The average American eats roughly 130 lbs of sugar a year, which breaks down to about 1/3 of a pound per day. If sugar is risky to everyone's health, then what are the guidelines we should know about? After years of saying that guidelines were not necessary, the AHA finally released guidelines, last October.
Added sugar should be no more that half of your discretionary calories per day. For the average American woman that means no more than 100 calories per day or six teaspoons. For men, it's 150 calories per day or about nine teaspoons. These are the sugars that are added to foods, like high fructose corn syrup - refined sugars - that are not naturally occurring in the food.
How much do you consume? Every time I have a grande skim mocha with whip at Starbucks, my discretionary sugar intake from that drink is 40 grams, or 160 calories! I'm so bummed! But the caveat is... if I exercise more, I can easily increase the discretionary sugar level a little. Yay!
So, what can you do?
In February, Jessica Apple of A Sweet Life wrote a blog on sugar, Paula Deen and the lost teachable moment. Jessica suggested a movement called Sugarless Tuesdays and created a Facebook page to help support the effort, but to date there are only 58 likes for the page. When the DOC was up in arms about an article that criticized a group of PWD meeting at an ice cream shop, DOC members on Facebook went ablaze with an ice cream social that garnered over a thousand likes before the end of a week! The disparity of "likes" between Sugarless Tuesdays and the ice cream social speaks to the problem. We need to do both: ice cream social AND Sugarless Tuesdays, because each is about educating PWD and non-PWD.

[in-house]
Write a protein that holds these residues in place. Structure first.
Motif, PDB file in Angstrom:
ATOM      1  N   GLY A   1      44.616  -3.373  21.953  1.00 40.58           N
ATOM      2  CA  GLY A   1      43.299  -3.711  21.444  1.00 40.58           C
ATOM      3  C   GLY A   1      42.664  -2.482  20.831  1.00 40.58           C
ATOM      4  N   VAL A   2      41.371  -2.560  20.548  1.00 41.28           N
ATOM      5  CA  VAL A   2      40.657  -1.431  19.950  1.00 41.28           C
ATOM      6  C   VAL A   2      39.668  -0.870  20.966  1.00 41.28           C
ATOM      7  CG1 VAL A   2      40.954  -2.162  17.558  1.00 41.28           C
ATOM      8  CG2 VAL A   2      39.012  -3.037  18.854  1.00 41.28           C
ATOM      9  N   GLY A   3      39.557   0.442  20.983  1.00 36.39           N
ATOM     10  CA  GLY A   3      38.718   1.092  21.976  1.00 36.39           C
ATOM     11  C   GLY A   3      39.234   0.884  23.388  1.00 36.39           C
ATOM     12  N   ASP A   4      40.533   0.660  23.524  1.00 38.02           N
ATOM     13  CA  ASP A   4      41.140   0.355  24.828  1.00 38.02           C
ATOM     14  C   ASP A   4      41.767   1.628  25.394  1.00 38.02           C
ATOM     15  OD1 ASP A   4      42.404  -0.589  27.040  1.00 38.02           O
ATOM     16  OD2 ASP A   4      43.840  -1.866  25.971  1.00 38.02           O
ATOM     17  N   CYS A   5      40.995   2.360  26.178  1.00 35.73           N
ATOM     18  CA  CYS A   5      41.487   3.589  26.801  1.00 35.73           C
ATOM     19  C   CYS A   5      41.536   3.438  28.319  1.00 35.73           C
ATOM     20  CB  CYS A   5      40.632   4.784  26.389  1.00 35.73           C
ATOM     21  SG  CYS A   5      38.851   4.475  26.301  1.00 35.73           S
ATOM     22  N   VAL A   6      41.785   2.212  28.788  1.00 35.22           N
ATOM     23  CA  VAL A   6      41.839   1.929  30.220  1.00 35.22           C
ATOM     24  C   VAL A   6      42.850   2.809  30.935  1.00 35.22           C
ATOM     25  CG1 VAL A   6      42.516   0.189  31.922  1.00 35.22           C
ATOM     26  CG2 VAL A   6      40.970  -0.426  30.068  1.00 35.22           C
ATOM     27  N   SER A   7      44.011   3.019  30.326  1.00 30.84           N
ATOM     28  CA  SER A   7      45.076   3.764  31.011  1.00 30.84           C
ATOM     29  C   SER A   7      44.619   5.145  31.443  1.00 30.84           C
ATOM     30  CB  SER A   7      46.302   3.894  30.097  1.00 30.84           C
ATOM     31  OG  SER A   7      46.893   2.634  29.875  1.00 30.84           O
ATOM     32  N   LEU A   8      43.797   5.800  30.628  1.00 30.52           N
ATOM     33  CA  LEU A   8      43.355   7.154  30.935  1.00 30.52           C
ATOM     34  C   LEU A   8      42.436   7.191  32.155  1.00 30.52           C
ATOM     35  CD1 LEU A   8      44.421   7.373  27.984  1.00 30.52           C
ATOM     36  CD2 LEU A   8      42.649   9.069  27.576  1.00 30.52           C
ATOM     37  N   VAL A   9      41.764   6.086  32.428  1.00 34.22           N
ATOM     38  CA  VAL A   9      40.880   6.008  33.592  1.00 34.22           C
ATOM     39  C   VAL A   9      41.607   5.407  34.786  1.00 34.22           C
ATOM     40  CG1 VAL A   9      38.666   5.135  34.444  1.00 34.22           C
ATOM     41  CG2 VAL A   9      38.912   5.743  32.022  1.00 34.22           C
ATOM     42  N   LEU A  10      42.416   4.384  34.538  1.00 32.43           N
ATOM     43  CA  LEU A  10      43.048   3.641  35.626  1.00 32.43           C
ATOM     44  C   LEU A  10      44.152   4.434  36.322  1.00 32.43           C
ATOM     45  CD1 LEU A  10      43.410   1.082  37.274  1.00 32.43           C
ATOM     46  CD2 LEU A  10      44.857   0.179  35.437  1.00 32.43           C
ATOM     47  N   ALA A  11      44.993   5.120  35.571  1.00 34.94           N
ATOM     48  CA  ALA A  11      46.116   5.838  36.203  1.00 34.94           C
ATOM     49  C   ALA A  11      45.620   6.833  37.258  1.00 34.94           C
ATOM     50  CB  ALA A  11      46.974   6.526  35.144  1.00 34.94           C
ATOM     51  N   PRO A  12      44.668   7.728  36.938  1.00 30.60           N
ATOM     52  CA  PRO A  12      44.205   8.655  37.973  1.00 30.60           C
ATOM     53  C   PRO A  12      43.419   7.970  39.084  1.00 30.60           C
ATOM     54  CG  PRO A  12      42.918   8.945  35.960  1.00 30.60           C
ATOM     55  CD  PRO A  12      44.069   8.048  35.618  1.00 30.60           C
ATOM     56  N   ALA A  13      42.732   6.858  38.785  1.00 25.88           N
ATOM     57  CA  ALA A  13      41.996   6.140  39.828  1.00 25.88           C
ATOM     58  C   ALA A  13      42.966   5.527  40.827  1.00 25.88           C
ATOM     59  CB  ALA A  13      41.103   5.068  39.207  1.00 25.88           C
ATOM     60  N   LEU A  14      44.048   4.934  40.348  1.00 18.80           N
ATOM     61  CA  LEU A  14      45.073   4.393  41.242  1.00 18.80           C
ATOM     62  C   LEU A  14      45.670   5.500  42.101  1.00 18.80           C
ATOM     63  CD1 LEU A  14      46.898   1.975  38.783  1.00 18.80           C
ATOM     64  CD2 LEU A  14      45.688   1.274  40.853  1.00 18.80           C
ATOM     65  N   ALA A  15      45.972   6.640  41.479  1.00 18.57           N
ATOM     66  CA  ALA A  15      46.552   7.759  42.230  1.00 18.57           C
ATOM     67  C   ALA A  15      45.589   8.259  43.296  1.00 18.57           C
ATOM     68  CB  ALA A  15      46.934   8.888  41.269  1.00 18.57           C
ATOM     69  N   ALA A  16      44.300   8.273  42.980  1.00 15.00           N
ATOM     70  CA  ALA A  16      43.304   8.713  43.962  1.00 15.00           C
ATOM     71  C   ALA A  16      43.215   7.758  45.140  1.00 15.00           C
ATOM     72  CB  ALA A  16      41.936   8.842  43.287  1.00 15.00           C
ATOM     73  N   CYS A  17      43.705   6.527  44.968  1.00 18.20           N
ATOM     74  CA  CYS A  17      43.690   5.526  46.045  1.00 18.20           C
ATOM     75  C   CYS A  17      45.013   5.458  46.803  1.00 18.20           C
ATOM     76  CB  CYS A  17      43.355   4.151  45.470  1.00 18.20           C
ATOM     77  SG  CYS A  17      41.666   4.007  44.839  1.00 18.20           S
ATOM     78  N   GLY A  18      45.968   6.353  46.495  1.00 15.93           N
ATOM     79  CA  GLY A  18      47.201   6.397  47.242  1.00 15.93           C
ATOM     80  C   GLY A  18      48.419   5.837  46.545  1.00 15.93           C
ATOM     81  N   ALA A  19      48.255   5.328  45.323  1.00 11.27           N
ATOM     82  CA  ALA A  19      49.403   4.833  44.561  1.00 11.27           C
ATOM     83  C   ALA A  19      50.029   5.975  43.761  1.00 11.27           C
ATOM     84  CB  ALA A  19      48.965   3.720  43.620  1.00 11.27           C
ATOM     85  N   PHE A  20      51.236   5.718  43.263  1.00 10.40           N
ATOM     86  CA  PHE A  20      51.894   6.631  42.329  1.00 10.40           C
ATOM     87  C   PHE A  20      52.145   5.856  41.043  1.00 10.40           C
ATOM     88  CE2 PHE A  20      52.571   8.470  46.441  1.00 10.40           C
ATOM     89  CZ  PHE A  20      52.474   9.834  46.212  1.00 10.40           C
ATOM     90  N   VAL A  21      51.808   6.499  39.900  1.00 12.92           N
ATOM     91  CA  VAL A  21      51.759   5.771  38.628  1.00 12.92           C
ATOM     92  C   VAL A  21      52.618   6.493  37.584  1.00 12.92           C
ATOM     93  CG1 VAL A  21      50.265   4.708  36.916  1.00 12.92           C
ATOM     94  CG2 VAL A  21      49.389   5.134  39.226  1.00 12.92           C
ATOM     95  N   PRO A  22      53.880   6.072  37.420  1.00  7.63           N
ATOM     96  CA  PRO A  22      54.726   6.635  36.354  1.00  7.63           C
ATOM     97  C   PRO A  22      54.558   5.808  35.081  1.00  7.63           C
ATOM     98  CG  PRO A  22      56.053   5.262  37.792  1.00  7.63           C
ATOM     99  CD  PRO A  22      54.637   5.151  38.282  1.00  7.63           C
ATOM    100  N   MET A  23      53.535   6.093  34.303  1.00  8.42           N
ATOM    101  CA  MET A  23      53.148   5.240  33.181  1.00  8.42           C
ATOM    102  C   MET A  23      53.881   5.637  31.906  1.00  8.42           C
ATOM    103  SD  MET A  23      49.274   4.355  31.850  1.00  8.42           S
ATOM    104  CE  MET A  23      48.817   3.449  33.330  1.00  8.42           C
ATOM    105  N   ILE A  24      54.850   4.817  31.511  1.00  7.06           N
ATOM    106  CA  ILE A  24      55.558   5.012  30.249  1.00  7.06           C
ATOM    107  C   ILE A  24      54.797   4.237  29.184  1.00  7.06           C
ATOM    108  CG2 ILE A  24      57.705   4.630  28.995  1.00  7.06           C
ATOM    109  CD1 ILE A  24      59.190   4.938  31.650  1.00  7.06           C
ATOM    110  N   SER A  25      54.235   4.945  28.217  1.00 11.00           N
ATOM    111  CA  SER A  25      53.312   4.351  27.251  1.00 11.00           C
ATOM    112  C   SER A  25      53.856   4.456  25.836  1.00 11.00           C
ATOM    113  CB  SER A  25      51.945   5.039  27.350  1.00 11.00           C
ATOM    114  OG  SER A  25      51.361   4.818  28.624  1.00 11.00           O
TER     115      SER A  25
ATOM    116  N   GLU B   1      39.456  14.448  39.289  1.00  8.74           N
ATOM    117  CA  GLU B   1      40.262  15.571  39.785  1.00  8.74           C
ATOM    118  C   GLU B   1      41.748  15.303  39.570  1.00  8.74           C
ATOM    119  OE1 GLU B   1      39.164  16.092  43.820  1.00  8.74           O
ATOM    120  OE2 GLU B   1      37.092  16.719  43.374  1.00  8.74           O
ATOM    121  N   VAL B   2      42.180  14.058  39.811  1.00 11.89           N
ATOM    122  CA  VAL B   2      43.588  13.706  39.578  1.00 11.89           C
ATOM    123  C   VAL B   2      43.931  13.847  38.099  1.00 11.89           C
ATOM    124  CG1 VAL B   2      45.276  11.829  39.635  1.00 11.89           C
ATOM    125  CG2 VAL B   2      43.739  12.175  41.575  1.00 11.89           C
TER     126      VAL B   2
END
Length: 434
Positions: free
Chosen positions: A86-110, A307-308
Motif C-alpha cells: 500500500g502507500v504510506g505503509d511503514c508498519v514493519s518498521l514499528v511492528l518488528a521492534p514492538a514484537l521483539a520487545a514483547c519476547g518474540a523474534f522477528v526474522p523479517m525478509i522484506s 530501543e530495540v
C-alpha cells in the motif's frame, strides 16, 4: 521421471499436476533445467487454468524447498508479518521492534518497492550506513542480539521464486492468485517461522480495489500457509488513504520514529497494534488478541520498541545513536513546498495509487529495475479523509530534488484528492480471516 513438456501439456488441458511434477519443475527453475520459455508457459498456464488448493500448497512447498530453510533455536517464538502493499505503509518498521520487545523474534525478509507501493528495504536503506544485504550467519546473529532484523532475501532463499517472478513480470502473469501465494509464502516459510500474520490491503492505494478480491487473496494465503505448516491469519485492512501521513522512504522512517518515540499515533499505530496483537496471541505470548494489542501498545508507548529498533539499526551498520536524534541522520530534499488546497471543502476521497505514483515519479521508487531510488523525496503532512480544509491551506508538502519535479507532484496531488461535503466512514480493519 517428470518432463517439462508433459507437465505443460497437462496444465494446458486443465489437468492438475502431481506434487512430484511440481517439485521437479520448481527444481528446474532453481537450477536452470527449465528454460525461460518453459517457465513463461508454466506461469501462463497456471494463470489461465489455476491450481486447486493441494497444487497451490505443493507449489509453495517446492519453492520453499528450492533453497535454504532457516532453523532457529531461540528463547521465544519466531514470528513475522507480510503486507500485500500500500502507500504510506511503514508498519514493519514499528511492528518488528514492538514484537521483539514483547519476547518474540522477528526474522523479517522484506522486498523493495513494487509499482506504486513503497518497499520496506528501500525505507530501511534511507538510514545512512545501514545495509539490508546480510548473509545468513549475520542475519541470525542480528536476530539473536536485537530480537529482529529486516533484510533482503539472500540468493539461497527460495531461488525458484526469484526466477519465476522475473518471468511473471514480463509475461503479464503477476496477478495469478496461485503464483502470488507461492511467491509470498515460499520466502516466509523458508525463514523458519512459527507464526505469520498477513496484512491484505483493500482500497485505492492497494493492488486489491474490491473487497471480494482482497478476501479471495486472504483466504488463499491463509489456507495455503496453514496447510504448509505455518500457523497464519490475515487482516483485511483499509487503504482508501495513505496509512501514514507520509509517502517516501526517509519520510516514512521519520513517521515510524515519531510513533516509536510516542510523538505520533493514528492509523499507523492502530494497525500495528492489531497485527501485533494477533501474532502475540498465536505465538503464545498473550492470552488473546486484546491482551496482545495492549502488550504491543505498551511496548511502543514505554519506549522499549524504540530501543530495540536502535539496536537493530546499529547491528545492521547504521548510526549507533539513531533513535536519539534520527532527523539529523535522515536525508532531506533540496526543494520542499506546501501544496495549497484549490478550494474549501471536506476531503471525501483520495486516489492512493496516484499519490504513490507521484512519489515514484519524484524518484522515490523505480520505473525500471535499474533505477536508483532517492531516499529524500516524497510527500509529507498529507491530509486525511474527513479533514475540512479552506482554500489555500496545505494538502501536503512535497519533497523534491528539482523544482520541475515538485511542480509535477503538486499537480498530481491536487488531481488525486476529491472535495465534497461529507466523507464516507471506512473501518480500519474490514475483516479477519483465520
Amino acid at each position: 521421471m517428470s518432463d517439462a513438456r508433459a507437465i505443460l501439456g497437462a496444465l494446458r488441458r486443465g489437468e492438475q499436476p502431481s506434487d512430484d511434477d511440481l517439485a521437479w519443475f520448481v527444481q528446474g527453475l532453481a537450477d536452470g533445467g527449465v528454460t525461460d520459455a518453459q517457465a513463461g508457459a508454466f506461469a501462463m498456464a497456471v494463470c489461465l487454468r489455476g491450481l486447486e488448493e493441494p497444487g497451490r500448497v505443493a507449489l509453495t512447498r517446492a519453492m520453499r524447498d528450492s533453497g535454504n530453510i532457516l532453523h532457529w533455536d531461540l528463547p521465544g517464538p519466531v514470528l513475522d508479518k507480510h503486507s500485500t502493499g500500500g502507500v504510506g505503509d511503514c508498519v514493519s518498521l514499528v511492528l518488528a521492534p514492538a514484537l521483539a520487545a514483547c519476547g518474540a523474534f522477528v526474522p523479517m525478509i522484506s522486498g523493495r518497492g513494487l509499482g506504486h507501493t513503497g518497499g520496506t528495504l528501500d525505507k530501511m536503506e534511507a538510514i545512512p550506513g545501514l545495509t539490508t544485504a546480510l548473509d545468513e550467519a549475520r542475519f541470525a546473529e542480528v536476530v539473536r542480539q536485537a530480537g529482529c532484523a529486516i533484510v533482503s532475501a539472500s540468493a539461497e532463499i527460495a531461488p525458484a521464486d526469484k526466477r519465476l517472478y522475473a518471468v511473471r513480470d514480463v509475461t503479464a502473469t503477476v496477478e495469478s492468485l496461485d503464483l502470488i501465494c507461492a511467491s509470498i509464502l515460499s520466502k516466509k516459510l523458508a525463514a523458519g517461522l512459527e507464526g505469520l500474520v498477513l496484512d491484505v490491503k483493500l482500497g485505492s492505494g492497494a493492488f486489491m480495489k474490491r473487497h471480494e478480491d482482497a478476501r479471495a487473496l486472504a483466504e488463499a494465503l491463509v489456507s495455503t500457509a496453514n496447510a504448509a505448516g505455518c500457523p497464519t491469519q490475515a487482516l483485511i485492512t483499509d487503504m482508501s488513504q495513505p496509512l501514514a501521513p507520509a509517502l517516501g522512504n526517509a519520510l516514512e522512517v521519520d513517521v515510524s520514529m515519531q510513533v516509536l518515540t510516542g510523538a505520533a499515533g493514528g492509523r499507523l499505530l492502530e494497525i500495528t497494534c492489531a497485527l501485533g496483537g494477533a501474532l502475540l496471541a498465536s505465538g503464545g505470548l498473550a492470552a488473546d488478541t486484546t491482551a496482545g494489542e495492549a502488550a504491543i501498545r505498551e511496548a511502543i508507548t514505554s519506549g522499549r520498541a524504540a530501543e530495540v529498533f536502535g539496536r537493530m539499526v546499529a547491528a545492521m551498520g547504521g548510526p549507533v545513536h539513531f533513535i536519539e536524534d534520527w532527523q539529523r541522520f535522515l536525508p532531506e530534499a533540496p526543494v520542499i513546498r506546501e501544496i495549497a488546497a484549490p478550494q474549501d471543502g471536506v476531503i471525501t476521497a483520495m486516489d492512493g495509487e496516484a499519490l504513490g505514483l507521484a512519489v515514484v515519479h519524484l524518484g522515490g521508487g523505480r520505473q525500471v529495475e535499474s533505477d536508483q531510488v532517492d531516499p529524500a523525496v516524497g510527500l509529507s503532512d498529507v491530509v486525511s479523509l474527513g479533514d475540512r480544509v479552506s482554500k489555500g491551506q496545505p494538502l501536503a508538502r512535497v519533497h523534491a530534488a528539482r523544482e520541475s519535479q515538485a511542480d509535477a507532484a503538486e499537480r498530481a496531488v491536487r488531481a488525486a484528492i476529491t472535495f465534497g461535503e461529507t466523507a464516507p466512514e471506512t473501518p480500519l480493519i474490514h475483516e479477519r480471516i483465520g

Taste is an important driver to enjoying eating, but it can be tempered and expanded upon more than we think. And sometimes the challenge is facing your weakness and finding a workaround, for which PWD are experts and I think Sugarless Tuesdays is a great thought starter for finding a method to the madness and disengaging from the sugar blitz!